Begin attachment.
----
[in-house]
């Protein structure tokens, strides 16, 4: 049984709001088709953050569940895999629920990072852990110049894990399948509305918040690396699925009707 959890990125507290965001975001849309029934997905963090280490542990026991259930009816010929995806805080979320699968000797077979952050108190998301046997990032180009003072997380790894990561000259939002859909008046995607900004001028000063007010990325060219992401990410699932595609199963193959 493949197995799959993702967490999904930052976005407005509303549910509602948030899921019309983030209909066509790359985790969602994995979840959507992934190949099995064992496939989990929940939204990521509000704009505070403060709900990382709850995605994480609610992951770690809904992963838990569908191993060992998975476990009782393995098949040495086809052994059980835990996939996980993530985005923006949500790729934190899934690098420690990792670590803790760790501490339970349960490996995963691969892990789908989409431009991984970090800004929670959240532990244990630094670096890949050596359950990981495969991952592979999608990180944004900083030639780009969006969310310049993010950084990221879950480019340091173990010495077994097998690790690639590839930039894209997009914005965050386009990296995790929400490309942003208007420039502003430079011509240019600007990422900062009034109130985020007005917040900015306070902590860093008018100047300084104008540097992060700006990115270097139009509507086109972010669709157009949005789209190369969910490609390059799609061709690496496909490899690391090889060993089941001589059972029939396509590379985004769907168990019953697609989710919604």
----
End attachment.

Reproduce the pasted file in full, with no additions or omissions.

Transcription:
[in-house]
């Protein structure tokens, strides 16, 4: 049984709001088709953050569940895999629920990072852990110049894990399948509305918040690396699925009707 959890990125507290965001975001849309029934997905963090280490542990026991259930009816010929995806805080979320699968000797077979952050108190998301046997990032180009003072997380790894990561000259939002859909008046995607900004001028000063007010990325060219992401990410699932595609199963193959 493949197995799959993702967490999904930052976005407005509303549910509602948030899921019309983030209909066509790359985790969602994995979840959507992934190949099995064992496939989990929940939204990521509000704009505070403060709900990382709850995605994480609610992951770690809904992963838990569908191993060992998975476990009782393995098949040495086809052994059980835990996939996980993530985005923006949500790729934190899934690098420690990792670590803790760790501490339970349960490996995963691969892990789908989409431009991984970090800004929670959240532990244990630094670096890949050596359950990981495969991952592979999608990180944004900083030639780009969006969310310049993010950084990221879950480019340091173990010495077994097998690790690639590839930039894209997009914005965050386009990296995790929400490309942003208007420039502003430079011509240019600007990422900062009034109130985020007005917040900015306070902590860093008018100047300084104008540097992060700006990115270097139009509507086109972010669709157009949005789209190369969910490609390059799609061709690496496909490899690391090889060993089941001589059972029939396509590379985004769907168990019953697609989710919604």